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Dr HANX Dispatch: Recurrent Thrush

Dr HANX Dispatch: Recurrent Thrush

It’s itchy, it’s painful and it pops up more than a rejected Hinge date: why, it’s recurrent thrush! The scourge of group chats and ruiner of moods, recurrent thrush is firmly in our Burn Book but we have a few questions. Namely, what is it and how can we reduce our chances of getting it on the regular? Join our very own Dr HANX, HANX Co-Founder and gynaecology doctor Sarah Welsh, for a deep dive into thrush that keeps coming back..

 

What is recurrent thrush?

Ah, thrush: the fungal infection that causes the well-known and unwelcome itching and thick discharge often at the worst possible times. Catch up on the basics in our beginner's guide to thrush.

Most people with vaginas experience vaginal thrush at some point in their life - at least 3 out of 4 to be exact. However, some may suffer from repeated thrush infections, or their initial thrush infection does not clear up with treatment, and the symptoms remain for an extended period of time. This is known as recurrent thrush. Recurrent thrush is defined as an episode of thrush four or more times in a year. Not 👏  much 👏  fun. 

For some people, there is a medical reason why they're more prone to thrush infection and some hormone treatments can affect your risk of repeated thrush episodes. However, many of us are just more prone to recurring episodes of thrush without a definitive cause. 

 

What causes recurrent thrush?

It's usually thought to be caused by a host of factors or incomplete eradication of the yeast infection after the initial infection. However, some of us will have factors that predispose us to having recurrent thrush. These include:

  • High blood sugar due to uncontrolled diabetes
  • A poor immune system (this can be down to many possible reasons)
  • Over use of products in the vagina, including perfumed soaps and douching. We can’t say this enough - down with douches! (That includes you, exes... 👋)
  • Recent use of antibiotics – this can create an environment where fungal infections can grow. 

It’s worth keeping in mind that there’s also some discussion around whether taking hormones such as hormone replacement therapy or the contraceptive pill,  makes you more likely to develop recurrent thrush, but evidence is currently inconclusive.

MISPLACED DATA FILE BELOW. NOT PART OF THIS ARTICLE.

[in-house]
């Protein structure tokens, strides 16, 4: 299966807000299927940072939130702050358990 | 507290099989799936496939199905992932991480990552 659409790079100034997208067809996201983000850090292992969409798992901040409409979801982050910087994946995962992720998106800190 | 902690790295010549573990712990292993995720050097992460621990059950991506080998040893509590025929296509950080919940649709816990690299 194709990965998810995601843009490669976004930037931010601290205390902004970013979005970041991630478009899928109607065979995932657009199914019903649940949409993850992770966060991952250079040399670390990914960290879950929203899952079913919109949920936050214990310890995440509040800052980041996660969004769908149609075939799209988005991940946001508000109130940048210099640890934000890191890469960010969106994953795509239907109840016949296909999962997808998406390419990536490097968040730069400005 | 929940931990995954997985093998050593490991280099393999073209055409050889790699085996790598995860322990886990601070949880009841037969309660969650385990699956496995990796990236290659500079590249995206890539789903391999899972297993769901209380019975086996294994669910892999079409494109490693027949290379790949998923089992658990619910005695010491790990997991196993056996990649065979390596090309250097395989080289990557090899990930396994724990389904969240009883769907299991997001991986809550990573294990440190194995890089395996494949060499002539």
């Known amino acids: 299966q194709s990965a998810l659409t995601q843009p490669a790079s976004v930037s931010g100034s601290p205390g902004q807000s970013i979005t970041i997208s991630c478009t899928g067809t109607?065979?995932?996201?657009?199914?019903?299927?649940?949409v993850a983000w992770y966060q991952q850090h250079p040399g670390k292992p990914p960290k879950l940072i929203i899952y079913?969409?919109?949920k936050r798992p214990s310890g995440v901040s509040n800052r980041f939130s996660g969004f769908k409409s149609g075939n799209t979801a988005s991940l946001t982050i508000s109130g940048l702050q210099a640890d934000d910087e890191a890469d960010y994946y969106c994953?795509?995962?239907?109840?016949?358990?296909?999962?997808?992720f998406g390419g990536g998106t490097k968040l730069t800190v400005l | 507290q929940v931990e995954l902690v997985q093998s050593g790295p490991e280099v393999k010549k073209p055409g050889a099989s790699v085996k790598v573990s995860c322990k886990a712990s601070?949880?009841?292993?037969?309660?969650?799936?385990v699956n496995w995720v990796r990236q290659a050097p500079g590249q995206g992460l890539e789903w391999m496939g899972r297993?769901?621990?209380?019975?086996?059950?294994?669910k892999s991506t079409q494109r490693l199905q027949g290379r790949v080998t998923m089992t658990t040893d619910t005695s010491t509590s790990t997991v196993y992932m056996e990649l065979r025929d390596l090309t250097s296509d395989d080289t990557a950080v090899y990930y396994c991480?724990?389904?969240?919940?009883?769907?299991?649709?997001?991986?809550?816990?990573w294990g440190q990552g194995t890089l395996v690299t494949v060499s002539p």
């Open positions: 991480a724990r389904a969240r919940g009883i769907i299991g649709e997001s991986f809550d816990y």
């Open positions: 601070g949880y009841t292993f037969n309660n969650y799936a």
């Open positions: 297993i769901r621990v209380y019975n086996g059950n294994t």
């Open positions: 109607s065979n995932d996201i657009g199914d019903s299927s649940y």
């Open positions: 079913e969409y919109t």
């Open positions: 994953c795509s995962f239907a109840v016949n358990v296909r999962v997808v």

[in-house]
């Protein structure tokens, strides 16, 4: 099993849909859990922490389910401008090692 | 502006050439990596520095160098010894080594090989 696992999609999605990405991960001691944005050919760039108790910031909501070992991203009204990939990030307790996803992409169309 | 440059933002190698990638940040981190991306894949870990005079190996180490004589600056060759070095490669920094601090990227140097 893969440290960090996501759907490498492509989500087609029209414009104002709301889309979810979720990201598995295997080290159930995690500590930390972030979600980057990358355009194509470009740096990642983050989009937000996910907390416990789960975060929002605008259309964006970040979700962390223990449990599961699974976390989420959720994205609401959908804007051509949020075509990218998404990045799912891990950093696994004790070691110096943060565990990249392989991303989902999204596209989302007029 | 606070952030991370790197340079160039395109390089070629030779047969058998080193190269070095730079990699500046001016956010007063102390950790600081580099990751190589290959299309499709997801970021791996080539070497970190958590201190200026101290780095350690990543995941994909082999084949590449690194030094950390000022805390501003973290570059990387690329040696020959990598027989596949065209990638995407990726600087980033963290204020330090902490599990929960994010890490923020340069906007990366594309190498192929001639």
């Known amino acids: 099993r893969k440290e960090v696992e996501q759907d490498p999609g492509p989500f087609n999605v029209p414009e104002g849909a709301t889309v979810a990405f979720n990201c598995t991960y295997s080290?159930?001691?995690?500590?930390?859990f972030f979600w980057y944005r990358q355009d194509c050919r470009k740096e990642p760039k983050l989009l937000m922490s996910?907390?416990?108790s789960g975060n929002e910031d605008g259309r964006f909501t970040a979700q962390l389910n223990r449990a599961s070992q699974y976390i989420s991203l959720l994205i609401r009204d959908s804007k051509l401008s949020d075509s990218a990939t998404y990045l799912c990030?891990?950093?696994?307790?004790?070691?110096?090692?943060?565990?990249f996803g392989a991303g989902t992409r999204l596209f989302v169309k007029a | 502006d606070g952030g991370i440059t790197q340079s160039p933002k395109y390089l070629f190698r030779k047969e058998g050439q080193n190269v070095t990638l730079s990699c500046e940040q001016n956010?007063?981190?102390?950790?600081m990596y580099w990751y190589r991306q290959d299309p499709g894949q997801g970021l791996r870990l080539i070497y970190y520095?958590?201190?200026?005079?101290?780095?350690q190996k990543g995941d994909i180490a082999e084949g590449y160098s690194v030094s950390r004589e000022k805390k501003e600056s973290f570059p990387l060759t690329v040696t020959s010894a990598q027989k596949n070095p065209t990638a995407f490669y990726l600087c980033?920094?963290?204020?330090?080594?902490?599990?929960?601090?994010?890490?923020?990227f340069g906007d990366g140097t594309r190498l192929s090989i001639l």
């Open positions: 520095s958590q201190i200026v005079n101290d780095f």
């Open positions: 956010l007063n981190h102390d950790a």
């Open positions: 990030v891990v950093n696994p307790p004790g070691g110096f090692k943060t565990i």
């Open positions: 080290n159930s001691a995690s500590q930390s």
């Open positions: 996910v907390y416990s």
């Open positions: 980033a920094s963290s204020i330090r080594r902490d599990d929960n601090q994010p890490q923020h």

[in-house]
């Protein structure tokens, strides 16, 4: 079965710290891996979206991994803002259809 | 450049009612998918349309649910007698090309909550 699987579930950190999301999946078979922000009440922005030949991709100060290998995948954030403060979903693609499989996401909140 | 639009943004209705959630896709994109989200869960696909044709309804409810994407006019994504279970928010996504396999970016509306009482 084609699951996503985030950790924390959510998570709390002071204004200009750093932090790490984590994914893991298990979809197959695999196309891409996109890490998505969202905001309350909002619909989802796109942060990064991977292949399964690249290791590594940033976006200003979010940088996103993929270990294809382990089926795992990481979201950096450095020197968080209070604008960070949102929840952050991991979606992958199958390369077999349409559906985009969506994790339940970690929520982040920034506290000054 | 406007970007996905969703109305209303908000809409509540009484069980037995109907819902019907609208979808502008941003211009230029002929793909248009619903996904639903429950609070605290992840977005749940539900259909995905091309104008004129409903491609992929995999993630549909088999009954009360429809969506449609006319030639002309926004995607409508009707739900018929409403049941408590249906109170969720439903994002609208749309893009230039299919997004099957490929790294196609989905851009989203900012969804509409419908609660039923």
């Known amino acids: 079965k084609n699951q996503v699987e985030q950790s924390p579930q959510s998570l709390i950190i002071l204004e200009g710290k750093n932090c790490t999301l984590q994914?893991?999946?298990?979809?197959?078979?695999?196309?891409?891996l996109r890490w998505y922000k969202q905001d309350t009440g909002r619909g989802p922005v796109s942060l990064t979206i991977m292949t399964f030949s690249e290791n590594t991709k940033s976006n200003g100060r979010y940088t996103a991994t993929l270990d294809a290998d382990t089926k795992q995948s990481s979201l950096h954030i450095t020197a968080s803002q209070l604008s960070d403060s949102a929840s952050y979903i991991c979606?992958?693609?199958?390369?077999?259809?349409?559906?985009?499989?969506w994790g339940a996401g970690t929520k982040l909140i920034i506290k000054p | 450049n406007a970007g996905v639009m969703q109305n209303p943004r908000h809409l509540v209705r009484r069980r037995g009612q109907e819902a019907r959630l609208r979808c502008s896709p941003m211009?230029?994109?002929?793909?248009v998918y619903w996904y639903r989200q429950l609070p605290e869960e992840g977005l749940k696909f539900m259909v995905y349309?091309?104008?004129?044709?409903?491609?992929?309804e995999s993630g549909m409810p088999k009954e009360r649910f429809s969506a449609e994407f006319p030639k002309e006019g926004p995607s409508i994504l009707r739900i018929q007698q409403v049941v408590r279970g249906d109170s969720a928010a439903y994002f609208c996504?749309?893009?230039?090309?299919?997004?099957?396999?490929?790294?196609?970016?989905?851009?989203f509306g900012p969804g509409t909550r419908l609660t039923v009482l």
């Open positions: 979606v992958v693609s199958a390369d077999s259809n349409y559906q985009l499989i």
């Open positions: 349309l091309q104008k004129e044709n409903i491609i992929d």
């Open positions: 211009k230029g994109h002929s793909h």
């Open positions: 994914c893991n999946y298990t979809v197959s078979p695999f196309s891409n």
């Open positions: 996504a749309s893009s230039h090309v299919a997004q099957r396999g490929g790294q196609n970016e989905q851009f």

How do I know I have recurrent thrush? 

Symptoms of recurrent thrush are similar to those of regular vaginal thrush. The main ones include, itching or burning of the vulva, increased white thick (often referred to as ‘cottage cheese-like’) vaginal discharge, soreness during penetrative sex, and burning or soreness when you pass urine.

 Some people find that symptoms can start or become worse during the middle of their menstrual cycle and they often find relief during menstruation. 

If you’re unsure whether your symptoms are in fact thrush, then check in with your health professional for a review. It may be that you are suffering from another vaginal condition such as bacterial vaginosis, an STI, or a skin condition such as dermatitis or eczema. Basically, any doubts - see your doc! 

Your doctor may recommend one of the below options:

  • Use the standard anti-fungal treatments but for an extended period of time.
  • Trial an alternative anti-fungal treatment.
  • Continue treatments longer term, for up to six months, to help prevent thrush recurring.

The treatment can be using a combination of routes, including oral tablets, vaginal pessaries and topical creams. After the above treatments, occasionally some women unfortunately have a recurrence of their thrush. In these cases, the treatments may be repeated if necessary. If you develop thrush whilst taking treatment, you may have a fungal strain that is resistant to the treatment, and you will likely require an alternative medication to treat the thrush. It’s also important to manage any underlying health conditions that are contributing to the thrush, such as high blood sugars in uncontrolled diabetes or a weakened immune system.

 

How do I prevent recurrent thrush? 

The main things you can do to help prevent thrush are the same as those to help prevent any episode of thrush. Avoid the following potential triggers:

  • Washing the vulva with soap or shower gels (including those containing perfume and even antiseptics such as tea tree oil), intimate wipes and ‘feminine hygiene' products. ❌
  • Cleaning the vulva and vagina more than once each day. 💧
  • Washing underwear in biological washing powder and using fabric conditioners. 🌀
  • Vaginal douching. 👀
  • Wearing tight-fitting, synthetic underwear or gym gear. That Cher work-out video has a lot to answer for...  ✨

 

Top tips you should embrace and share with pals include:

  • Using a simple emollient to moisturise the genital area.
  • Consider using probiotics (such as live yoghurts) orally or topically to relieve symptoms.
  • Stay generally fit and healthy.
  • Avoid a high sugar diet, and if you have diabetes talk with your specialist team to ensure health sugar levels.
  • Support a strong and healthy immune system.

 

Can I have sex if I have vaginal thrush?

Sex does not need to be avoided, as thrush is not a sexually transmitted infection. However, some people choose to avoid sex until symptoms have improved, particularly if their skin is a little sore. Do what feels right for you, talk with your partner about how you’re feeling and make sure to address any concerns from their side, too. 

Suffering from recurrent thrush? Got any tips that work for you, top distraction techniques or do you just wanna chat with other people who are in the same boat? Head over to our free digital safe space, HANX Life, to talk more. 💙 

Slide into our DMs @hanxofficial

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